After drawing this seagrape leaf from three angles, I have a more intimate acquaintance with its shape, edges, parts, and personality. Tracing the textures of the stem or petiole and attempting to follow the stiffness of the leaf blade builds a memory that stays with me long after the drawing is done.
The top leaf is easy, seagrape leaves are essentially a circular shape. The second from the top is the same leaf drawn from the side, and so the challenge begins!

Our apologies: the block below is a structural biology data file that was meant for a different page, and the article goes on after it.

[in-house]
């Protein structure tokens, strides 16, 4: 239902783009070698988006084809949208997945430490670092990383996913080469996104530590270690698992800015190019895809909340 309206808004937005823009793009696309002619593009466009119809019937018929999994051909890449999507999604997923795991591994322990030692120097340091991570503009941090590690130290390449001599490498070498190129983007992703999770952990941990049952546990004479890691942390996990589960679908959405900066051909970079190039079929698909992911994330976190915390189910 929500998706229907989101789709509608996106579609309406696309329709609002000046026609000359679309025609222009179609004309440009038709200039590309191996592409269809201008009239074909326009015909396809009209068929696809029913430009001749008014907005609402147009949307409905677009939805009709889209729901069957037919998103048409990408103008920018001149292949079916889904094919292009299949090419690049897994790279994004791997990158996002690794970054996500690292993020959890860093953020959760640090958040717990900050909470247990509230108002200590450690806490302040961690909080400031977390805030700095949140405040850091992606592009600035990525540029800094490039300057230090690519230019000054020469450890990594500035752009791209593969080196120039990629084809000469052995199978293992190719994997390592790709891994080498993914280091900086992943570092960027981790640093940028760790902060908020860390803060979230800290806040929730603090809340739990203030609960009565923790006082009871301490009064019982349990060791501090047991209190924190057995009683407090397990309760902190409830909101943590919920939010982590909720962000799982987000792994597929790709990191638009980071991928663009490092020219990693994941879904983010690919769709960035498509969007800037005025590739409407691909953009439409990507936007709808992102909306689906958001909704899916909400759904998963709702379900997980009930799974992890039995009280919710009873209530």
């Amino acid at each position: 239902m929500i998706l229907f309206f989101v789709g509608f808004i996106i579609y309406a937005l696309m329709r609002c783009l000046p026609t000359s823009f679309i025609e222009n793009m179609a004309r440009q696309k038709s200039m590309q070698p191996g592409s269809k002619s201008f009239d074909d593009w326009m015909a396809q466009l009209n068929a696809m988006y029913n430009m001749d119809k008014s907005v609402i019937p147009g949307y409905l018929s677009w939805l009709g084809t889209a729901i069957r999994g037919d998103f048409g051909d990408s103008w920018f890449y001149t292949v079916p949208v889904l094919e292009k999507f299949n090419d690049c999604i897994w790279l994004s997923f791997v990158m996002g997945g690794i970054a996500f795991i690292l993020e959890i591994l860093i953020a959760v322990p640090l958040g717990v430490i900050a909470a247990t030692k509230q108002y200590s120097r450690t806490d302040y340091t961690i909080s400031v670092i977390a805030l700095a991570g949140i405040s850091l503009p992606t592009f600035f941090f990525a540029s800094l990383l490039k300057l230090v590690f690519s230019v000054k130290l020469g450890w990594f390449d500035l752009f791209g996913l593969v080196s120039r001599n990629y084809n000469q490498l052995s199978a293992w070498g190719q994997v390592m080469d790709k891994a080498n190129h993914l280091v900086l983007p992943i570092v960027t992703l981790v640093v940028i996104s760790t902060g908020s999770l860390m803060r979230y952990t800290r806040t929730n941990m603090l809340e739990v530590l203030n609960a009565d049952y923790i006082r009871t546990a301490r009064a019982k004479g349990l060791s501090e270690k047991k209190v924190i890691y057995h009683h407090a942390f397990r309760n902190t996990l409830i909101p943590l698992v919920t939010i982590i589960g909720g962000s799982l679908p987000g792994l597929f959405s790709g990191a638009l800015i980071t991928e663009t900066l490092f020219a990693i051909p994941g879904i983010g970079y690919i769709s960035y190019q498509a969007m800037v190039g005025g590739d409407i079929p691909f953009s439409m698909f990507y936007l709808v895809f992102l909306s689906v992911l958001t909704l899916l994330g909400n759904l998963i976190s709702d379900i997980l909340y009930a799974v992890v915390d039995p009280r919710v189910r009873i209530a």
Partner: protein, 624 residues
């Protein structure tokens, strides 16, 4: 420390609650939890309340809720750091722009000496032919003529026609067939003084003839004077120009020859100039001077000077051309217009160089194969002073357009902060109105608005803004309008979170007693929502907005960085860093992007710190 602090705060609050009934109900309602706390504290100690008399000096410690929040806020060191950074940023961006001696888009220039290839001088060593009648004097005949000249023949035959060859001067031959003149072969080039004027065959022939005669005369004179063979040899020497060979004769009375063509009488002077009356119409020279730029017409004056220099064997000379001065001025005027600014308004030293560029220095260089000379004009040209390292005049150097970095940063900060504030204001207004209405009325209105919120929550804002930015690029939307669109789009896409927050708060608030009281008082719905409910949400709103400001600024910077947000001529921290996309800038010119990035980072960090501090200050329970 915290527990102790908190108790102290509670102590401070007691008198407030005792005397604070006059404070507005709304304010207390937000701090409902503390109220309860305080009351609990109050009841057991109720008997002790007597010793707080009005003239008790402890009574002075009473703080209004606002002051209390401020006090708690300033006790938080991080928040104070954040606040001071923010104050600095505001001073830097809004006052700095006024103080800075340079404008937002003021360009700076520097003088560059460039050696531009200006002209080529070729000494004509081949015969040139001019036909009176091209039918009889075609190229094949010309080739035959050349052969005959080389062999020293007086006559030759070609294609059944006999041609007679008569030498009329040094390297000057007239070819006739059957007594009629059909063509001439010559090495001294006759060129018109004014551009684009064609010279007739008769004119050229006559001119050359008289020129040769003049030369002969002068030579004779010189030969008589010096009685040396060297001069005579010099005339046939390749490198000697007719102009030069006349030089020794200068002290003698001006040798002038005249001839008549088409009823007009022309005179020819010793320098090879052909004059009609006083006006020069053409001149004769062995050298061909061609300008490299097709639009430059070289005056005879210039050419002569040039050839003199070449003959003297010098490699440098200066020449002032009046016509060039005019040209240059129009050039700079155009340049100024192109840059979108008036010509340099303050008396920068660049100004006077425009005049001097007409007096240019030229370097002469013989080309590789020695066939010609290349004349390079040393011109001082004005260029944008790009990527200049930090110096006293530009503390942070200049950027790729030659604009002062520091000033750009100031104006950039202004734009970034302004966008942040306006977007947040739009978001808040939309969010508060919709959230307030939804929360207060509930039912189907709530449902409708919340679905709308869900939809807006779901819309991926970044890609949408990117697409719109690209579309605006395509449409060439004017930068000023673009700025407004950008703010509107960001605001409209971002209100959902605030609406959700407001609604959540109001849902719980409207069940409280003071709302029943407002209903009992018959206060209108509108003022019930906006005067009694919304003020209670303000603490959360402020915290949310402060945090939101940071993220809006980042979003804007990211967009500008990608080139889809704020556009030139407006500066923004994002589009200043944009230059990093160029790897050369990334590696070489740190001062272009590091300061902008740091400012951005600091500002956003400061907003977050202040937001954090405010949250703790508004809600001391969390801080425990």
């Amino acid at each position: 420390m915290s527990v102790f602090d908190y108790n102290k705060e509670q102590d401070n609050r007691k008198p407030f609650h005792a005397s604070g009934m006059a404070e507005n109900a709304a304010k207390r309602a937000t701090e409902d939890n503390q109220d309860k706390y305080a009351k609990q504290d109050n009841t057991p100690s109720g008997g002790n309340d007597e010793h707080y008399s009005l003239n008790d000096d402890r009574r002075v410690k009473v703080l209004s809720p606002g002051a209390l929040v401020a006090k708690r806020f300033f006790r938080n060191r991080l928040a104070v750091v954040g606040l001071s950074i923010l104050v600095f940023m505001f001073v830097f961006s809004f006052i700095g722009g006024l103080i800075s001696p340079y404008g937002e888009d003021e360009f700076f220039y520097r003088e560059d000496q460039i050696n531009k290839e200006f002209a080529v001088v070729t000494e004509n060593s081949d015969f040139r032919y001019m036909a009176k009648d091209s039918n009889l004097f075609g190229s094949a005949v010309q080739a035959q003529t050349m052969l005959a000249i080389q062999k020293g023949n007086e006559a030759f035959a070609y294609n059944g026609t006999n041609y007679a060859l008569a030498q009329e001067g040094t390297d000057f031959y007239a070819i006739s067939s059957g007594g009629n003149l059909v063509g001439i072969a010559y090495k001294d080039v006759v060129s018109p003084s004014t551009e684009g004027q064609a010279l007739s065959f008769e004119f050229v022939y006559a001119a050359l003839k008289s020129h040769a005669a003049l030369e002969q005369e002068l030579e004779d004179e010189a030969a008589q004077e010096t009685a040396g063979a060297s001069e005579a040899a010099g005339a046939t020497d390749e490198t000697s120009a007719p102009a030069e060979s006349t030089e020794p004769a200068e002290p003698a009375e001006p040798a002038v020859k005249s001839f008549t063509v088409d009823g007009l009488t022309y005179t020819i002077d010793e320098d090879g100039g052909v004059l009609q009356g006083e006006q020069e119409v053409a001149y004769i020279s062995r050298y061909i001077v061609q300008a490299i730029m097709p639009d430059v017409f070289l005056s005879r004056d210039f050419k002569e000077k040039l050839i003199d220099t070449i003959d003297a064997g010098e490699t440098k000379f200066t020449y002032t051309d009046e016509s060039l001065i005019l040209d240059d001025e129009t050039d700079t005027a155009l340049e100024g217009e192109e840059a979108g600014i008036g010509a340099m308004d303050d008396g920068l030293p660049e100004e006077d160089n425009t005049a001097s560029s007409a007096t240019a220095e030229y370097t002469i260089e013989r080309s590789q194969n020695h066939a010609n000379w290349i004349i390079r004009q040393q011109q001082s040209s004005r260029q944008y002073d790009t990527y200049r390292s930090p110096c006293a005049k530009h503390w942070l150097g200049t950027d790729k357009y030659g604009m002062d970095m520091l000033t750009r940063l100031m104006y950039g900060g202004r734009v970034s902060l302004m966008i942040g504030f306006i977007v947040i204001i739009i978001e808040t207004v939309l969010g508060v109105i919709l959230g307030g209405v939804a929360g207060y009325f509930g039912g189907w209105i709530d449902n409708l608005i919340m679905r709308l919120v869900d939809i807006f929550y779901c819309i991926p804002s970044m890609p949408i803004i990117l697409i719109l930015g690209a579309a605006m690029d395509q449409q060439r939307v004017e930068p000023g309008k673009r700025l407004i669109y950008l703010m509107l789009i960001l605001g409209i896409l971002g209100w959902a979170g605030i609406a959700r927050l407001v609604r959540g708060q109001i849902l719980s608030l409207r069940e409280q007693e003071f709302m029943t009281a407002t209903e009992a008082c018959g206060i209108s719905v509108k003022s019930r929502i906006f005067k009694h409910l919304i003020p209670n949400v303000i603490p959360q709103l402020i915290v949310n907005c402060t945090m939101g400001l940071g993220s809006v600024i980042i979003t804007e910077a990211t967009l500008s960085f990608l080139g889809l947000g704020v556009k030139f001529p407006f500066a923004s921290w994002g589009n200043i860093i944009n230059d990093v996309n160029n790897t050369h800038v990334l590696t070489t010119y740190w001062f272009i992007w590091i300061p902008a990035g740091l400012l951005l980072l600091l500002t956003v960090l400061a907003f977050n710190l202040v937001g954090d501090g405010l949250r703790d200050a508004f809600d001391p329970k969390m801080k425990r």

Foreshortening is what happens when something in the picture plane is moving toward you, and shapes become distorted. See how the leaf changes when the edges thrust forward?
Drawing these three-dimensional shapes onto a two-dimensional piece of paper takes some practice. First, I squint my eyes as an aid to flatten out what I'm seeing. Next, I look for the shapes I readily recognize.
Foreshortening doesn't have to be a mystery, try using these tips and see if they take the challenge out of distorted shapes. Turn that left-brain chatter off and get back to basics. A good, solid structural base drawing can free you to explore line, texture and color.